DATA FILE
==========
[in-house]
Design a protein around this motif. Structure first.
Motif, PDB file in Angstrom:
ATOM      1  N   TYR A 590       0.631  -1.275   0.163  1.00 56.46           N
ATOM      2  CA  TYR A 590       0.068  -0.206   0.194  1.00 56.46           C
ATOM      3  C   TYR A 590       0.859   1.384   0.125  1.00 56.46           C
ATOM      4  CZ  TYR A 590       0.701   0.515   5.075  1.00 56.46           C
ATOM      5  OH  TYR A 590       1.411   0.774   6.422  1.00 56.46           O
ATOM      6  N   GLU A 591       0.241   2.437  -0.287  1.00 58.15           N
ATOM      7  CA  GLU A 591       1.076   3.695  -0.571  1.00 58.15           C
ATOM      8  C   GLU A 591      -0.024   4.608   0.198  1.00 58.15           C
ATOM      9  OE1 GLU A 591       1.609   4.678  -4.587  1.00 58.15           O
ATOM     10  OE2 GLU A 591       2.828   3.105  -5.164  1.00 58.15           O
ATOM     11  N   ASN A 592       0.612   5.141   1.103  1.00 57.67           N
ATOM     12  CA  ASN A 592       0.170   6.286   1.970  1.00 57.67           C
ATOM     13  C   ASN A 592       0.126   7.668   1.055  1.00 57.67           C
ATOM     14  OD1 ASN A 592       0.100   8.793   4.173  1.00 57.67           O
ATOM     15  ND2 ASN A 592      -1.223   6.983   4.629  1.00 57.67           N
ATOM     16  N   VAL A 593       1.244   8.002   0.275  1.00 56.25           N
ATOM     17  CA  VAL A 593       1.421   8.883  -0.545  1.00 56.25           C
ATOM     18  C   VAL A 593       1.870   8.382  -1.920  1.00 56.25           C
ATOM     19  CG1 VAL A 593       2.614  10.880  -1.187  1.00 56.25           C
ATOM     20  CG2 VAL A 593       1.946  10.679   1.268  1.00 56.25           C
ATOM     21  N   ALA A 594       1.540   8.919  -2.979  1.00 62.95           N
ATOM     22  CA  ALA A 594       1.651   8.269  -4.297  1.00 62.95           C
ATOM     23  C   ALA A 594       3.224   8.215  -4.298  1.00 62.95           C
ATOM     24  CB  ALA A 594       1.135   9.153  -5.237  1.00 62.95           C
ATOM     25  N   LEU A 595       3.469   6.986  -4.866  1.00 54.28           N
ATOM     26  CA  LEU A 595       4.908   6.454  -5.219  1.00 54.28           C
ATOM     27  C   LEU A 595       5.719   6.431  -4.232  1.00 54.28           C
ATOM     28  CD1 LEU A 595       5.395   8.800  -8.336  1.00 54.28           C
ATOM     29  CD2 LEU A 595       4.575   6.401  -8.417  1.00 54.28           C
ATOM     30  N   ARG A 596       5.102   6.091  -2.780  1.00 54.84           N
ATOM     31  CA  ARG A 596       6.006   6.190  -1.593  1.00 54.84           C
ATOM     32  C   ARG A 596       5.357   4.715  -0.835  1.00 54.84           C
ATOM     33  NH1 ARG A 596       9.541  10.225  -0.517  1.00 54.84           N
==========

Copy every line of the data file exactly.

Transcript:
[in-house]
Design a protein around this motif. Structure first.
Motif, PDB file in Angstrom:
ATOM      1  N   TYR A 590       0.631  -1.275   0.163  1.00 56.46           N
ATOM      2  CA  TYR A 590       0.068  -0.206   0.194  1.00 56.46           C
ATOM      3  C   TYR A 590       0.859   1.384   0.125  1.00 56.46           C
ATOM      4  CZ  TYR A 590       0.701   0.515   5.075  1.00 56.46           C
ATOM      5  OH  TYR A 590       1.411   0.774   6.422  1.00 56.46           O
ATOM      6  N   GLU A 591       0.241   2.437  -0.287  1.00 58.15           N
ATOM      7  CA  GLU A 591       1.076   3.695  -0.571  1.00 58.15           C
ATOM      8  C   GLU A 591      -0.024   4.608   0.198  1.00 58.15           C
ATOM      9  OE1 GLU A 591       1.609   4.678  -4.587  1.00 58.15           O
ATOM     10  OE2 GLU A 591       2.828   3.105  -5.164  1.00 58.15           O
ATOM     11  N   ASN A 592       0.612   5.141   1.103  1.00 57.67           N
ATOM     12  CA  ASN A 592       0.170   6.286   1.970  1.00 57.67           C
ATOM     13  C   ASN A 592       0.126   7.668   1.055  1.00 57.67           C
ATOM     14  OD1 ASN A 592       0.100   8.793   4.173  1.00 57.67           O
ATOM     15  ND2 ASN A 592      -1.223   6.983   4.629  1.00 57.67           N
ATOM     16  N   VAL A 593       1.244   8.002   0.275  1.00 56.25           N
ATOM     17  CA  VAL A 593       1.421   8.883  -0.545  1.00 56.25           C
ATOM     18  C   VAL A 593       1.870   8.382  -1.920  1.00 56.25           C
ATOM     19  CG1 VAL A 593       2.614  10.880  -1.187  1.00 56.25           C
ATOM     20  CG2 VAL A 593       1.946  10.679   1.268  1.00 56.25           C
ATOM     21  N   ALA A 594       1.540   8.919  -2.979  1.00 62.95           N
ATOM     22  CA  ALA A 594       1.651   8.269  -4.297  1.00 62.95           C
ATOM     23  C   ALA A 594       3.224   8.215  -4.298  1.00 62.95           C
ATOM     24  CB  ALA A 594       1.135   9.153  -5.237  1.00 62.95           C
ATOM     25  N   LEU A 595       3.469   6.986  -4.866  1.00 54.28           N
ATOM     26  CA  LEU A 595       4.908   6.454  -5.219  1.00 54.28           C
ATOM     27  C   LEU A 595       5.719   6.431  -4.232  1.00 54.28           C
ATOM     28  CD1 LEU A 595       5.395   8.800  -8.336  1.00 54.28           C
ATOM     29  CD2 LEU A 595       4.575   6.401  -8.417  1.00 54.28           C
ATOM     30  N   ARG A 596       5.102   6.091  -2.780  1.00 54.84           N
ATOM     31  CA  ARG A 596       6.006   6.190  -1.593  1.00 54.84           C
ATOM     32  C   ARG A 596       5.357   4.715  -0.835  1.00 54.84           C
ATOM     33  NH1 ARG A 596       9.541  10.225  -0.517  1.00 54.84           N